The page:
A THANK YOU to everyone who has helped make this residency possible!

Adam Barruch, The Worst Pies in London from Sweeney Todd

For right now, buy your tickets to come see Doug Varone’s dance at the Lobero Theater, September 6 & 7.  Go to Lobero.com or call the box office (805) 9630761, for tickets.

photos of our DANCEworks choreographers by David Bazemore.

Ceramic Pleasures

If you’ve visited my home, you know I have a “thing” for ceramics.  Particularly Japanese ceramics. If I can add some fresh foliage or flowers to the vessel, my aesthetic needs are completely satisfied. 

This powerful attraction began on my first trip to Japan in the 1980’s.  I was in an art gallery that displayed ceramics.  It was one of those aha! moments.  I saw for the first time the power of the earth’s clay in a master’s hand.  I was hooked, astounded, excited.  This was new territory for me.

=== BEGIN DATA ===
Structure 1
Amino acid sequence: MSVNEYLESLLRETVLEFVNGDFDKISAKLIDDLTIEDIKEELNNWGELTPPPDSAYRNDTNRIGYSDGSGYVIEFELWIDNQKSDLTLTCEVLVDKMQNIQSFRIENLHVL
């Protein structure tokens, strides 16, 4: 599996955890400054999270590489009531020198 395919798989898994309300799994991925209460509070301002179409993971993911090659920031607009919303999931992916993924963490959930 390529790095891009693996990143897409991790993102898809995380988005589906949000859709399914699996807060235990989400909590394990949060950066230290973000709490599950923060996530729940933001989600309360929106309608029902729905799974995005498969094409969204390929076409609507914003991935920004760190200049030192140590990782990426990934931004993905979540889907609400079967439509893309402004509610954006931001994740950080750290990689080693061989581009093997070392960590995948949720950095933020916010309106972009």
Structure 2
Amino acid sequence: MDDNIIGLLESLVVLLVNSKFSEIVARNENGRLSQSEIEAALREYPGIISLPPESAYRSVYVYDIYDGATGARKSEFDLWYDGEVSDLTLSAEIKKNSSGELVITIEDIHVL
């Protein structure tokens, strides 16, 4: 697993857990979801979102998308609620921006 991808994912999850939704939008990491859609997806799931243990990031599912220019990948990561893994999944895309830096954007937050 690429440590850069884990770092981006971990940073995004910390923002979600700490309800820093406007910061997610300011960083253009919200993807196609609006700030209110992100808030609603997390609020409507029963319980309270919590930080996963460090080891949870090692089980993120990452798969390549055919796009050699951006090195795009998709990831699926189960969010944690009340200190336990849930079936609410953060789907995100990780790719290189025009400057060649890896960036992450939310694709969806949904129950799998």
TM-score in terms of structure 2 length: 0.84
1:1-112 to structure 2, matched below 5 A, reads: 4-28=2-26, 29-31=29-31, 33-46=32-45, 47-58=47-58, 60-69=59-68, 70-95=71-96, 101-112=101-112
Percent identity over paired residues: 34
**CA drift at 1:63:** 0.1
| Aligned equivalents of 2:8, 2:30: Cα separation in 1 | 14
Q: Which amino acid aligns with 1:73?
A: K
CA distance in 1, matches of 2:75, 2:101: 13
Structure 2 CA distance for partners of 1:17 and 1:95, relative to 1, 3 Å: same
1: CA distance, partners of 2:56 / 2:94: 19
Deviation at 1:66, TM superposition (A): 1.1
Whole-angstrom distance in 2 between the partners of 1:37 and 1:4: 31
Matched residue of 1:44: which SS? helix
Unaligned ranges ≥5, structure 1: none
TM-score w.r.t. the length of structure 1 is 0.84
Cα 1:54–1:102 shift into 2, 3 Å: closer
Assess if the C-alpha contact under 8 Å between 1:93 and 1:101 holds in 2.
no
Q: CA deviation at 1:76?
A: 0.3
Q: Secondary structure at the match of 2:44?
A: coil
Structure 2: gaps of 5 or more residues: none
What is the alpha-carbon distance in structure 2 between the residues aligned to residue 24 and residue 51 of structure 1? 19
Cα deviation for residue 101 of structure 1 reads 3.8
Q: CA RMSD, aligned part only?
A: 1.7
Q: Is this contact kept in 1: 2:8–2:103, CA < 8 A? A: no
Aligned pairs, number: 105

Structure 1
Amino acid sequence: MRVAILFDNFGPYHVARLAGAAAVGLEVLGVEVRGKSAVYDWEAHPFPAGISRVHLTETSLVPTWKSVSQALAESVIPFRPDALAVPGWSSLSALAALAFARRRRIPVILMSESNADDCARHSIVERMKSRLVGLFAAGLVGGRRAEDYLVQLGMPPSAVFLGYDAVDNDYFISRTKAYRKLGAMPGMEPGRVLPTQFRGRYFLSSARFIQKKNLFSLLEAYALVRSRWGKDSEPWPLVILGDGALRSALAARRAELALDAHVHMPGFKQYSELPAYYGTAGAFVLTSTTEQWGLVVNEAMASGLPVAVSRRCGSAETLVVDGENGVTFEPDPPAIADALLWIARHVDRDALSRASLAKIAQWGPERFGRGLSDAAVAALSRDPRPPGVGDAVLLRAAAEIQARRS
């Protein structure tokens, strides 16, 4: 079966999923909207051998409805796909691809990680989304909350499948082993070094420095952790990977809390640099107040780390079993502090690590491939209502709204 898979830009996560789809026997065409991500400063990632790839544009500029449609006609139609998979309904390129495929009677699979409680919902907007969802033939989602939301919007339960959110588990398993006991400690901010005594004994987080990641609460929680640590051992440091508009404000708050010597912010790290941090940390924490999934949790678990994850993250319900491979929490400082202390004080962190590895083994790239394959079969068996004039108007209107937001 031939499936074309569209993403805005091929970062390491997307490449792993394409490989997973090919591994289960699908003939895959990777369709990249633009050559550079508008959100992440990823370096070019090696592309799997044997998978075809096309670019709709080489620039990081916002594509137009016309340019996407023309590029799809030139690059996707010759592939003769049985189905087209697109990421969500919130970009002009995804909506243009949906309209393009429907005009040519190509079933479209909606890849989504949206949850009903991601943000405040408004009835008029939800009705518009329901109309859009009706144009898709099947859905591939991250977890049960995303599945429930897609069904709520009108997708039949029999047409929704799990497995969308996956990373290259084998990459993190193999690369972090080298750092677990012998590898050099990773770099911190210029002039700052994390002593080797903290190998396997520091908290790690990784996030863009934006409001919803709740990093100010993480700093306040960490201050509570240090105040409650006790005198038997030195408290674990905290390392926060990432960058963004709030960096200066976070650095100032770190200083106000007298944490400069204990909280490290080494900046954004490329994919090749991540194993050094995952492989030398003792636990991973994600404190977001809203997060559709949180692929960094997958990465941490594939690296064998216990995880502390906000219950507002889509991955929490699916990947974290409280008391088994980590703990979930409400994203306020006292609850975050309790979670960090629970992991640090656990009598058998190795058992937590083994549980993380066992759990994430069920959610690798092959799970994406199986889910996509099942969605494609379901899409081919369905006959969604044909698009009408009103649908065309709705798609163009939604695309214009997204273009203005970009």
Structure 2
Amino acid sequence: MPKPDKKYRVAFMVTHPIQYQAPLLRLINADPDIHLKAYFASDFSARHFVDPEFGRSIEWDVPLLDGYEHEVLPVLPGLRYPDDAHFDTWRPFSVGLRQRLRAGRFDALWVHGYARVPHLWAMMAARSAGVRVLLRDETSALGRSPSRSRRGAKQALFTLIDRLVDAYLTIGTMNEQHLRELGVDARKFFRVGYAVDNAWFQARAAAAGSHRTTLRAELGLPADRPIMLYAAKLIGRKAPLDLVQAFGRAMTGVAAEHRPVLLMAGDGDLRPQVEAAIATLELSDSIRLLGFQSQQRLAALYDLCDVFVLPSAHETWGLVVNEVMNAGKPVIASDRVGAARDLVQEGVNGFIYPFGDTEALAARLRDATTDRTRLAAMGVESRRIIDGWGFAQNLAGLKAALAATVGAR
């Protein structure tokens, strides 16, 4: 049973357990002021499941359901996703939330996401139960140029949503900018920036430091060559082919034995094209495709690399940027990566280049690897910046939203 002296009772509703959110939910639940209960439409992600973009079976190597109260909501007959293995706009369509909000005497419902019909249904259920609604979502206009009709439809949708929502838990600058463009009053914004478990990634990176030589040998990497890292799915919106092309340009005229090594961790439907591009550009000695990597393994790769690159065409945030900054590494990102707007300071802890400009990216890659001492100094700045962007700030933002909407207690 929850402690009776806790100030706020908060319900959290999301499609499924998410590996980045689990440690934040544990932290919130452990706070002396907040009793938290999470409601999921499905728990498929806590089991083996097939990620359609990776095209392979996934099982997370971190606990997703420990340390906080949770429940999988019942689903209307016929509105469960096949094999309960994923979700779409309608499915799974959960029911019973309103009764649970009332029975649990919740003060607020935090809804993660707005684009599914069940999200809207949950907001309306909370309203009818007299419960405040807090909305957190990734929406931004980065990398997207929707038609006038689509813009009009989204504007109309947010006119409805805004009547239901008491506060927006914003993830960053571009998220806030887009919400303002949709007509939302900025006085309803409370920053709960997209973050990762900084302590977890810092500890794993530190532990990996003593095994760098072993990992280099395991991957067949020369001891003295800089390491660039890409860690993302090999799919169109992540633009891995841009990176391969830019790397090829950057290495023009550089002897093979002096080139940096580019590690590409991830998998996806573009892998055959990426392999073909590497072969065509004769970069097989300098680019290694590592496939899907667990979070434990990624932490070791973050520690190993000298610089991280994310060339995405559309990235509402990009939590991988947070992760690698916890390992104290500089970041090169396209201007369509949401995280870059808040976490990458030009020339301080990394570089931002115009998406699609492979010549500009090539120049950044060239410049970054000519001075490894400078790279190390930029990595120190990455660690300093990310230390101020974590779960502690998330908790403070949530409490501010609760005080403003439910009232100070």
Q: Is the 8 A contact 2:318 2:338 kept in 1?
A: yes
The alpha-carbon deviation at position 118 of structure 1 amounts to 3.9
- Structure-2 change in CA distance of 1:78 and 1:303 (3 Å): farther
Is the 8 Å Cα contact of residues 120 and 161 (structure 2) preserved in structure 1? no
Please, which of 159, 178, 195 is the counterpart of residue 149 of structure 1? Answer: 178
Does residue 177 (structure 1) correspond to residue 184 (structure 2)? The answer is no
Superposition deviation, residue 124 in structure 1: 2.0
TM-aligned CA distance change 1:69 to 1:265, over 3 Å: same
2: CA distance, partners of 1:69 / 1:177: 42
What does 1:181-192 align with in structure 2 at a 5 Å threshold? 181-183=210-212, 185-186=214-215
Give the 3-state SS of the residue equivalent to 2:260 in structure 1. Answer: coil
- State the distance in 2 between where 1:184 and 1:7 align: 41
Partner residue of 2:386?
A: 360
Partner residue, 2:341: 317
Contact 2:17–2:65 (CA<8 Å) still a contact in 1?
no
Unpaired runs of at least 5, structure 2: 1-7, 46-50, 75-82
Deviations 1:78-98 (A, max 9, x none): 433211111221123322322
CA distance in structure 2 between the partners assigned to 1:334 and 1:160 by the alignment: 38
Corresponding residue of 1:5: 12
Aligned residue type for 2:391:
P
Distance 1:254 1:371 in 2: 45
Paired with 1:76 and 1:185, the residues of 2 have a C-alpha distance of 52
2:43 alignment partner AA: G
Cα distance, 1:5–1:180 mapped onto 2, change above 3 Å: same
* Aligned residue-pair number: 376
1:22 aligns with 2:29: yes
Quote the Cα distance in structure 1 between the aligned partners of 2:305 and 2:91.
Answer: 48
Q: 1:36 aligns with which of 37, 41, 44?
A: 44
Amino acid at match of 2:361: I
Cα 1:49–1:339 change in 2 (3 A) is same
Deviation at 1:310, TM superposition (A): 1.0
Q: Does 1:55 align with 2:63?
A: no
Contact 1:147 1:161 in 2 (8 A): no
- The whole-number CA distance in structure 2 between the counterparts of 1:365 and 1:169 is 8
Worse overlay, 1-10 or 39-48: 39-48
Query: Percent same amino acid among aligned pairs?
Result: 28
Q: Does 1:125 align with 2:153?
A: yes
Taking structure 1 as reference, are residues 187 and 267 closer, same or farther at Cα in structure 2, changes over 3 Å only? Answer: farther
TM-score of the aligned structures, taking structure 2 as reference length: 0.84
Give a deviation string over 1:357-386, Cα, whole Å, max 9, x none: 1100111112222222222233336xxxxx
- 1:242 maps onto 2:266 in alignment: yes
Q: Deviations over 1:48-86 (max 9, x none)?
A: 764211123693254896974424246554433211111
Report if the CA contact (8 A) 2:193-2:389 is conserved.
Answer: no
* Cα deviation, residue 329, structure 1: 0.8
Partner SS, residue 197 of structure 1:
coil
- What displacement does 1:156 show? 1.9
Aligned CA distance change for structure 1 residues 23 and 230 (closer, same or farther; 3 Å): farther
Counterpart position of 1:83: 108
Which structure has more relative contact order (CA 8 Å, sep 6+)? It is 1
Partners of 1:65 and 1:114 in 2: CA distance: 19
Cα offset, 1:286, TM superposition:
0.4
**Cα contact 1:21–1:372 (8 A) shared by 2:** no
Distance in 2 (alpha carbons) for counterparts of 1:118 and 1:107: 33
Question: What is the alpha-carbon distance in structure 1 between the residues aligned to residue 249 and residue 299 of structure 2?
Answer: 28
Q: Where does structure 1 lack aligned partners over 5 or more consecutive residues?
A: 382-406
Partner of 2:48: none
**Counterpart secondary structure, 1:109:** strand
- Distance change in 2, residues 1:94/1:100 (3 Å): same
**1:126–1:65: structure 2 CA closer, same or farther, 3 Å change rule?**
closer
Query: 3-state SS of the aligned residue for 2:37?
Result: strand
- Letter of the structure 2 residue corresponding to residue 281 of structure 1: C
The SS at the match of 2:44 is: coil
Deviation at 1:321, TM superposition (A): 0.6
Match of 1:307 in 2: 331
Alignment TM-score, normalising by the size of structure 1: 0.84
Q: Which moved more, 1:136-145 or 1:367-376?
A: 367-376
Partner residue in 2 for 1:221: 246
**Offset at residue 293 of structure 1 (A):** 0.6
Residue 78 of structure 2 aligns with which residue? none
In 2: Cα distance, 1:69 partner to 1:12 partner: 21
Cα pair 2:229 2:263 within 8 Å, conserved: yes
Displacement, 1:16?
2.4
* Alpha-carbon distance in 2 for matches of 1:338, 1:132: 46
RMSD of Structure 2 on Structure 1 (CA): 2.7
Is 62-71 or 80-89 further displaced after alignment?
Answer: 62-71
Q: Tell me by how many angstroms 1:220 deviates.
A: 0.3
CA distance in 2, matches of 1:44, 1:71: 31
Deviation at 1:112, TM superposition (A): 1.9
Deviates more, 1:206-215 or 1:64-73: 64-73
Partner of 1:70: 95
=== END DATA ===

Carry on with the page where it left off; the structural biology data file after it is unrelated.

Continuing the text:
I returned home certain that I too was meant to be a ceramacist.  How else to explain my strong reaction? I took it as a sign.  Follow your bliss, if you remember that!  I quickly enrolled in a ceramics class at a neighboring community college.  I just as quickly learned that centering a blob of clay on a wheel in a class taught by a disinterested and overworked teacher was not something I had the patience for, at least under those circumstances.  End of promising but short lived ceramics career fantasy, but not the end of the love affair. Continue reading “Ceramic Pleasures”